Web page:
Dear Mr Kruger,

We acknowledge receipt of your complaint.

One of our technical consultants also called you and discussed the matter with you in the past.

We have investigated the possibility of making Online Banking suitable for sight impaired customers. However at this stage we’re yet to implement the functionality.
We  suggest that in the interim you use our FNB ATM’s as well as Telephone Banking and General Enquiries to perform your transactions.

We apologise for the inconvenience caused.

Marinda Tonkin
Online Assistance


Me, using the FNB ATM’s?  Since when can a totally blind person use FNB’s ATM’s on their own without any sighted assistance?


I will shortly do a quick breakdown of accessible banks in South Africa in a future article.  Perhaps I should create a survey, similar to the earlier one on accessibility of mobile networks in South Africa, that I published earlier in 2013.

Vodacom takes away a little more independence from the visually impaired in South Africa

Standard Bank’s short dial number service, which allows a Standardbank account holder to dial a short number from his or her mobile phone in order to recharge a mobile phone with airtime from a Standard bank account, may be discontinued.

The service is currently only available on MTN and Cell C.

Vodacom South Africa discontinued the availability of the short dial number on their network, saying that noone is using this service.

However, this is not true as many shocked Vodacom South Africa blind users have been expressing their concern via mailing lists and other social media.

One user wrote: “As a blind person, I was given a little more independence and dignity by not having to ask a sighted person to go to the bank with me just to recharge my account or to give them money to by a recharge voucher, in most cases just to be cheated!”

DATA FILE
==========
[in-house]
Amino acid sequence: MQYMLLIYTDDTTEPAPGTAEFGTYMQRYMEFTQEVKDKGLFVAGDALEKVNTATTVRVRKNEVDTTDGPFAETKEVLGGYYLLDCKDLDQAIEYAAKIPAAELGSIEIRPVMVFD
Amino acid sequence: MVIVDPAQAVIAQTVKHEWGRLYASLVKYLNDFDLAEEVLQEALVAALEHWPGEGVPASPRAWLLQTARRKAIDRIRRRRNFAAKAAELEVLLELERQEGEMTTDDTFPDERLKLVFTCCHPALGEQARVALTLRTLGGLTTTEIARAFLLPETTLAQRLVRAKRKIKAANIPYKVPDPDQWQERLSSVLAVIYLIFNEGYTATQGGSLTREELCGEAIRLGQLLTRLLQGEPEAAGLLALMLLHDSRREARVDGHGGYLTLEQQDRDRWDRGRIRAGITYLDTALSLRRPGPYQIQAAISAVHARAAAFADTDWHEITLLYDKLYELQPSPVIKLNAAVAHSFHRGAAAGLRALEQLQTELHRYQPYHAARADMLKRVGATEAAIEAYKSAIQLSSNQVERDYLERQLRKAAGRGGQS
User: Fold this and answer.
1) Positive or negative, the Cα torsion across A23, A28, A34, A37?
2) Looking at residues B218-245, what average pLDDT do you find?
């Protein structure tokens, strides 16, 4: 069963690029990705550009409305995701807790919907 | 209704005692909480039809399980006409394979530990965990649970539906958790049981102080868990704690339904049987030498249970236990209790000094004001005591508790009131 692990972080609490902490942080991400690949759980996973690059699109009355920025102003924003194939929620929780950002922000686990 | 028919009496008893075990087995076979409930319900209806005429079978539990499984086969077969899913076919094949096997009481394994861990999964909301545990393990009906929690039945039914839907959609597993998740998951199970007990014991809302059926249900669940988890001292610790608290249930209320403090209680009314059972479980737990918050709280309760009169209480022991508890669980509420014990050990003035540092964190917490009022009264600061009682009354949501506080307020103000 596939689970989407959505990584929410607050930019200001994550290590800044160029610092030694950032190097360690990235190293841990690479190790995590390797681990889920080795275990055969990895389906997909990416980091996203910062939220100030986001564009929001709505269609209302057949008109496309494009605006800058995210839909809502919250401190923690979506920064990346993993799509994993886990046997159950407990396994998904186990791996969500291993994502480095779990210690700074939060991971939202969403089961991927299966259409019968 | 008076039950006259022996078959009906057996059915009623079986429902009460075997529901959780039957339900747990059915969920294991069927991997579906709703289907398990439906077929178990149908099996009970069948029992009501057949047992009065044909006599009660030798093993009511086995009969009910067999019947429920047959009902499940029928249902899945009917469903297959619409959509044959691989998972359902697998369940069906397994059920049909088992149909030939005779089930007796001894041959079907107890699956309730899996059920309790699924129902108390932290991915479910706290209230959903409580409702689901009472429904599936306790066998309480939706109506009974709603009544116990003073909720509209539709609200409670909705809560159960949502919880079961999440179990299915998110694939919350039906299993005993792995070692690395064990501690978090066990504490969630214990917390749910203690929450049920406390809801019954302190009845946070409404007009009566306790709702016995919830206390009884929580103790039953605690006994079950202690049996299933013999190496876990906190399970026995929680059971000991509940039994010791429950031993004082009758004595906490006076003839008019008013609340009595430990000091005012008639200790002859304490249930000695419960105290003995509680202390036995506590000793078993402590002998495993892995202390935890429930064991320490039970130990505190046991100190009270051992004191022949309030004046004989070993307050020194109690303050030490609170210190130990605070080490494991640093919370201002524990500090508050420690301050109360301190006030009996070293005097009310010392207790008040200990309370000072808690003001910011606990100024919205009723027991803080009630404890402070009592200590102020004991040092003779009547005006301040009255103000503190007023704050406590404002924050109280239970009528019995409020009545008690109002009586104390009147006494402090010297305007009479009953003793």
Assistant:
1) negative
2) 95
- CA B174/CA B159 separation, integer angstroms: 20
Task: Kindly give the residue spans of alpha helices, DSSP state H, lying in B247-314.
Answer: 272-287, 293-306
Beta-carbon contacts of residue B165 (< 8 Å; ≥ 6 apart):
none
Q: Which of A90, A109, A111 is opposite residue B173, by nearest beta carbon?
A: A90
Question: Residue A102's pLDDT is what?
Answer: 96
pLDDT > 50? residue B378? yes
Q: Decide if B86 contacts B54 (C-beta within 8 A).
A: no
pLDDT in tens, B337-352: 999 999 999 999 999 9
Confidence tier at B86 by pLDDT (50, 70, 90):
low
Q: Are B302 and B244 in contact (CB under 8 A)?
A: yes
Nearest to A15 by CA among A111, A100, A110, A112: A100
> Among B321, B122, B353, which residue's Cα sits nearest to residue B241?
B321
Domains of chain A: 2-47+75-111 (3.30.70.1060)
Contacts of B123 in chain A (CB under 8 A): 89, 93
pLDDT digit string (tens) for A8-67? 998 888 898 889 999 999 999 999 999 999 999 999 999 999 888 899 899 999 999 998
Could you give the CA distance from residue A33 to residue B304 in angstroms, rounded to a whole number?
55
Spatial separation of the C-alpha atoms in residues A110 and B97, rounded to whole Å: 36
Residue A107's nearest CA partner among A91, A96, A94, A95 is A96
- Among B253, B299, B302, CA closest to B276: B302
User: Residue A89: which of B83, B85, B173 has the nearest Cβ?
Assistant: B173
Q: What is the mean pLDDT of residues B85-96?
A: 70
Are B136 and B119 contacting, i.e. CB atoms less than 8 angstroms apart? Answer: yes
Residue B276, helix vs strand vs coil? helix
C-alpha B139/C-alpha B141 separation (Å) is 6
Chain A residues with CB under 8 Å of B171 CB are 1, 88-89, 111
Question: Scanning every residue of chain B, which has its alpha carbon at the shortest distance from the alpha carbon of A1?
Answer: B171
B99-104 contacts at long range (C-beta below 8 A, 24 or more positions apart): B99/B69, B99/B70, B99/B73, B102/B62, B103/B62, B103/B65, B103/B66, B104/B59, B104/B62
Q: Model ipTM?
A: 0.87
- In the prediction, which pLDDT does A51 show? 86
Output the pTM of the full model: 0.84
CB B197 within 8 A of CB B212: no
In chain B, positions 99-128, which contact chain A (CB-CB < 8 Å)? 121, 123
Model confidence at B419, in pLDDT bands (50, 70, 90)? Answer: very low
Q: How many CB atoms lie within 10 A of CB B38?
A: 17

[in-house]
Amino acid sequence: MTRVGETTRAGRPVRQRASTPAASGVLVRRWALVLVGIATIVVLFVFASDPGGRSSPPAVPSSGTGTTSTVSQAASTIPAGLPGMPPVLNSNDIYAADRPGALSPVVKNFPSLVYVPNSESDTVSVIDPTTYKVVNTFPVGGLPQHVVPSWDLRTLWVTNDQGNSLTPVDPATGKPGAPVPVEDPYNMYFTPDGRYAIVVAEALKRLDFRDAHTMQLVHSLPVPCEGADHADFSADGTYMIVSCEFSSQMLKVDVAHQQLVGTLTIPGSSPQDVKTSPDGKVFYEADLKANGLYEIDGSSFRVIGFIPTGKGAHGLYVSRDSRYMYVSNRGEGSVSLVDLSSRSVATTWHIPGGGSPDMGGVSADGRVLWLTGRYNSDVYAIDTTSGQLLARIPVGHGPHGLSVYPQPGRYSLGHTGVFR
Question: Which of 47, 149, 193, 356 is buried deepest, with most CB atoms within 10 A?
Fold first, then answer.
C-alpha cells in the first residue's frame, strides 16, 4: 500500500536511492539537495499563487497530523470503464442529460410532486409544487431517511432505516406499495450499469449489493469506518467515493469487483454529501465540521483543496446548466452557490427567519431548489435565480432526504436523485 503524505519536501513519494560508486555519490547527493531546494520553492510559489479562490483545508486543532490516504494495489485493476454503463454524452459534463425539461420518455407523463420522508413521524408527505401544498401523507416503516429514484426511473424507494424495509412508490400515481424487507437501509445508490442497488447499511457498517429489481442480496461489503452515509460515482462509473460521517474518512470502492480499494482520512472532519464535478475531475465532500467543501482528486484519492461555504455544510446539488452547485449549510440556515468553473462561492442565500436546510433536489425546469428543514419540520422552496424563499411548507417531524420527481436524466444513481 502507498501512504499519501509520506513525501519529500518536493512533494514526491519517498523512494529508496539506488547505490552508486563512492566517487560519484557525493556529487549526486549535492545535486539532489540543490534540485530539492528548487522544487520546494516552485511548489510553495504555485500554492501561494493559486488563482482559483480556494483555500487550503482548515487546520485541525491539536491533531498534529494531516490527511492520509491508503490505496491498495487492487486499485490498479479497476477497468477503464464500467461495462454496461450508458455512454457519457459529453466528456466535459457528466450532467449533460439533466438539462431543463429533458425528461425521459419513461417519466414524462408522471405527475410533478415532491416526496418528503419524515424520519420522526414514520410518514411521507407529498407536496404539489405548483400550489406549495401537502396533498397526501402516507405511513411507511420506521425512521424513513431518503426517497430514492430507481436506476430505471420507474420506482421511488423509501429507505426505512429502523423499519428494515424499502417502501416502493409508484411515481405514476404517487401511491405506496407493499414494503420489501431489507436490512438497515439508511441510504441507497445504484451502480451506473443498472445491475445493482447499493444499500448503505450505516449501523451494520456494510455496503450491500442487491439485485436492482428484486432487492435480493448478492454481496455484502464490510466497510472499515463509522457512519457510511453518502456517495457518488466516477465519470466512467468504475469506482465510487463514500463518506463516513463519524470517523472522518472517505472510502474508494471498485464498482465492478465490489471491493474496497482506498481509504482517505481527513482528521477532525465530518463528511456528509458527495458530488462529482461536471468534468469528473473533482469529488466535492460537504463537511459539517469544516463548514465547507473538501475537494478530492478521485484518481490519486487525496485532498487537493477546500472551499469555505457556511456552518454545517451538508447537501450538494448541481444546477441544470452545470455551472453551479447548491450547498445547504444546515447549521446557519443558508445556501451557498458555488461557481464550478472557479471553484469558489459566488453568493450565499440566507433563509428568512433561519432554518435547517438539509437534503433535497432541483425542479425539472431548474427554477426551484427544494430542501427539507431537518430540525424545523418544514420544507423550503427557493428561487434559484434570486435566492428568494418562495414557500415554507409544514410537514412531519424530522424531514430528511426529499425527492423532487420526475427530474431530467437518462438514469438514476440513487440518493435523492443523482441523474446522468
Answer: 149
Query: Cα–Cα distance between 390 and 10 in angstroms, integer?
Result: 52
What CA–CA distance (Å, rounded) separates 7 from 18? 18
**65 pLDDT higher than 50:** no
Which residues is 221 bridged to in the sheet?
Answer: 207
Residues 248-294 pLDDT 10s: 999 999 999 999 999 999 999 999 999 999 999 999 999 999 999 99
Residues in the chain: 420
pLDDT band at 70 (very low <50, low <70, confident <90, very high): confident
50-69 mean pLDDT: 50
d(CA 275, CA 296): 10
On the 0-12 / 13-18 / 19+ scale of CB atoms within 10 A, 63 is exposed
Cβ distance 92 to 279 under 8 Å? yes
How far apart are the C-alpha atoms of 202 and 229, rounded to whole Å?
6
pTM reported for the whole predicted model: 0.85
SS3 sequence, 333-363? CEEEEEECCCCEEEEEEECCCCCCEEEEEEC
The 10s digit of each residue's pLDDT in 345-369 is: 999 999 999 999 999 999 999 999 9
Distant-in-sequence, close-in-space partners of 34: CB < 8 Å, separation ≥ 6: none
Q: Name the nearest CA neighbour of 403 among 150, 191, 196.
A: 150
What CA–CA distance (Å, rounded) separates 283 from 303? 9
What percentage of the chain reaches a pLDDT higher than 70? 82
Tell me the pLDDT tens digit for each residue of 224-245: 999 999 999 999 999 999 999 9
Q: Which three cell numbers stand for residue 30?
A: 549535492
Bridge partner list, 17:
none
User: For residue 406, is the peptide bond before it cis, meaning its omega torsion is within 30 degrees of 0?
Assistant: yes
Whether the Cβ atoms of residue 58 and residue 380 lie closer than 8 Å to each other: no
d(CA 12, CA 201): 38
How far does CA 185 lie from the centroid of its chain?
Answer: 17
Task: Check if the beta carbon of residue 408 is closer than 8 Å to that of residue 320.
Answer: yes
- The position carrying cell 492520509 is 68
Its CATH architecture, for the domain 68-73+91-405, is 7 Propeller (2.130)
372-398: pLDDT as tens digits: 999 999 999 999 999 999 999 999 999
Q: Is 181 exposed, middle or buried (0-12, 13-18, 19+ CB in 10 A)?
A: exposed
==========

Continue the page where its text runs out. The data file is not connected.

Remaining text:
Another said that: “I was able to recharge my phone under a minute, all whilst walking, I was so used to the process…”

The process was really simple. All one had to do was to dial a short code number from a phone, and the system would then prompt the caller via an interactive voice response system, to enter their card number, customer selected pin, to select the specific network that they want to purchase airtime for, to specify the phone number and Standard Bank account to be used for this transaction and then to specify the amount to be loaded.

After this, the system would confirm all the details and one could then confirm the recharge, make changes or cancel the transaction.

The system was happy to be interrupted, if you already knew the drill, so that it was indeed possible to recharge a pre-paid number in less than a minute.

The general feeling amongst visually impaired and even elderly people with vision loss is that they are losing an important part of their independence as a result of Vodacom’s decision to cancel their short dial service.

Vodacom cancelled the short dial number, 11333, on the 15th of August although the number was already out of service before then.

When I contacted Vodacom’s (Special needs) helpdesk, they told me to use the USSD service, *120*2345#. However, many blind people do not have accessible phones and thus, this service is out of reach for a majority of these users.

When I pointed this out to the consultant, I was told that this is not Vodacom’s problem and that Standard bank is in charge of these services.

Regardless of who’s fault this is, many Vodacom users are now not able to recharge their prepaid accounts independently and as frequently as they may need to.

For those on Cell C and MTN, things are looking up though, for the moment, since the service is still working on these networks.

Perhaps Vodacom users should look at porting their phone number to one of the other networks so that they may enjoy the benefits of having access to the Standard bank short dial service while it lasts.

To access the short dial numbers for Standard Bank, dial 14311 from a Cell C phone or 565 from a MTN phone.

Standard bank did not provide a response by the time of publication.